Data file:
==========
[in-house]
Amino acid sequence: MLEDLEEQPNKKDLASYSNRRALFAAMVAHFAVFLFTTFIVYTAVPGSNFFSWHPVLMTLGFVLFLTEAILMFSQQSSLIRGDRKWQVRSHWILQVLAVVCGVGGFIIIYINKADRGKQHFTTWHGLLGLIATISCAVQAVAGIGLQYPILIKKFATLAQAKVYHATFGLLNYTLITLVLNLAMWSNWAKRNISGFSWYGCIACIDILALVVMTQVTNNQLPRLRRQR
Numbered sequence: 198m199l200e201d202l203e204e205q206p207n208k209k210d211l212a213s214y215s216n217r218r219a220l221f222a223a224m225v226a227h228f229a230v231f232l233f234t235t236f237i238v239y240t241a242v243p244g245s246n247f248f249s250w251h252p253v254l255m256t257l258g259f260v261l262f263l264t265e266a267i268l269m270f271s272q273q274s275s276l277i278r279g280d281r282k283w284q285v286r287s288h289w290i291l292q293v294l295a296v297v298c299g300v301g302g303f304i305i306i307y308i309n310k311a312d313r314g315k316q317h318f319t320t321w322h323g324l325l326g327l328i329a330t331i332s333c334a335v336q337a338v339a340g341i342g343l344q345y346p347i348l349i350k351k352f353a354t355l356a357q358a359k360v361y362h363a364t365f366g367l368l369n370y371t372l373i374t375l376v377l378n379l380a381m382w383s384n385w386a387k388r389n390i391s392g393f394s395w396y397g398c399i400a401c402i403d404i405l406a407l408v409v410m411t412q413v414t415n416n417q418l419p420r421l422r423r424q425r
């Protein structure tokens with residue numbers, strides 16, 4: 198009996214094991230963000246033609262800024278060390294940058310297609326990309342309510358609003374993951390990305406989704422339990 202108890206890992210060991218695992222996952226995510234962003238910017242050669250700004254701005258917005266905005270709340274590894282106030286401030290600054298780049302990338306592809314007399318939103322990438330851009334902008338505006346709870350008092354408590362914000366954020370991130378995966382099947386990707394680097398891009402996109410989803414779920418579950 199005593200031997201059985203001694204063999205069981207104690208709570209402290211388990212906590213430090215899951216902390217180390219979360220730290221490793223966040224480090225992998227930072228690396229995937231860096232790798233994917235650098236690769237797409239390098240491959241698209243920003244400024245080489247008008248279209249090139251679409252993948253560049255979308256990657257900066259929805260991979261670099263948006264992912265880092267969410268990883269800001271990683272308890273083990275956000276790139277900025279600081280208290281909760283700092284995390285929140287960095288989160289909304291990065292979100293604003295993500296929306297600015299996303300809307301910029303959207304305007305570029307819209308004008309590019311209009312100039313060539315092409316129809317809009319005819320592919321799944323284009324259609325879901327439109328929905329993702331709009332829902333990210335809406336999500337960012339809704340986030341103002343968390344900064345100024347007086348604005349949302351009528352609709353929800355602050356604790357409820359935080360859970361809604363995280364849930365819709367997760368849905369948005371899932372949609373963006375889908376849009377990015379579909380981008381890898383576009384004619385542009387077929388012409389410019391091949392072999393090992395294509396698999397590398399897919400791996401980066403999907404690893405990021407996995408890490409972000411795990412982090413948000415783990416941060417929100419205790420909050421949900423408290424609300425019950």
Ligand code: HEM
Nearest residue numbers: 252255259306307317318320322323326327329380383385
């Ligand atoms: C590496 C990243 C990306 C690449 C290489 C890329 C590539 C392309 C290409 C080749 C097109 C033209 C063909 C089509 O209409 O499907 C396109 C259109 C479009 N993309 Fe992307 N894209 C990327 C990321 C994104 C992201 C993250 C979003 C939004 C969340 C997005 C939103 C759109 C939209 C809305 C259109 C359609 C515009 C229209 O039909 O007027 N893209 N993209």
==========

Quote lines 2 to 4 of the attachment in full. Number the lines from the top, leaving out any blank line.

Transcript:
Amino acid sequence: MLEDLEEQPNKKDLASYSNRRALFAAMVAHFAVFLFTTFIVYTAVPGSNFFSWHPVLMTLGFVLFLTEAILMFSQQSSLIRGDRKWQVRSHWILQVLAVVCGVGGFIIIYINKADRGKQHFTTWHGLLGLIATISCAVQAVAGIGLQYPILIKKFATLAQAKVYHATFGLLNYTLITLVLNLAMWSNWAKRNISGFSWYGCIACIDILALVVMTQVTNNQLPRLRRQR
Numbered sequence: 198m199l200e201d202l203e204e205q206p207n208k209k210d211l212a213s214y215s216n217r218r219a220l221f222a223a224m225v226a227h228f229a230v231f232l233f234t235t236f237i238v239y240t241a242v243p244g245s246n247f248f249s250w251h252p253v254l255m256t257l258g259f260v261l262f263l264t265e266a267i268l269m270f271s272q273q274s275s276l277i278r279g280d281r282k283w284q285v286r287s288h289w290i291l292q293v294l295a296v297v298c299g300v301g302g303f304i305i306i307y308i309n310k311a312d313r314g315k316q317h318f319t320t321w322h323g324l325l326g327l328i329a330t331i332s333c334a335v336q337a338v339a340g341i342g343l344q345y346p347i348l349i350k351k352f353a354t355l356a357q358a359k360v361y362h363a364t365f366g367l368l369n370y371t372l373i374t375l376v377l378n379l380a381m382w383s384n385w386a387k388r389n390i391s392g393f394s395w396y397g398c399i400a401c402i403d404i405l406a407l408v409v410m411t412q413v414t415n416n417q418l419p420r421l422r423r424q425r
């Protein structure tokens with residue numbers, strides 16, 4: 198009996214094991230963000246033609262800024278060390294940058310297609326990309342309510358609003374993951390990305406989704422339990 202108890206890992210060991218695992222996952226995510234962003238910017242050669250700004254701005258917005266905005270709340274590894282106030286401030290600054298780049302990338306592809314007399318939103322990438330851009334902008338505006346709870350008092354408590362914000366954020370991130378995966382099947386990707394680097398891009402996109410989803414779920418579950 199005593200031997201059985203001694204063999205069981207104690208709570209402290211388990212906590213430090215899951216902390217180390219979360220730290221490793223966040224480090225992998227930072228690396229995937231860096232790798233994917235650098236690769237797409239390098240491959241698209243920003244400024245080489247008008248279209249090139251679409252993948253560049255979308256990657257900066259929805260991979261670099263948006264992912265880092267969410268990883269800001271990683272308890273083990275956000276790139277900025279600081280208290281909760283700092284995390285929140287960095288989160289909304291990065292979100293604003295993500296929306297600015299996303300809307301910029303959207304305007305570029307819209308004008309590019311209009312100039313060539315092409316129809317809009319005819320592919321799944323284009324259609325879901327439109328929905329993702331709009332829902333990210335809406336999500337960012339809704340986030341103002343968390344900064345100024347007086348604005349949302351009528352609709353929800355602050356604790357409820359935080360859970361809604363995280364849930365819709367997760368849905369948005371899932372949609373963006375889908376849009377990015379579909380981008381890898383576009384004619385542009387077929388012409389410019391091949392072999393090992395294509396698999397590398399897919400791996401980066403999907404690893405990021407996995408890490409972000411795990412982090413948000415783990416941060417929100419205790420909050421949900423408290424609300425019950």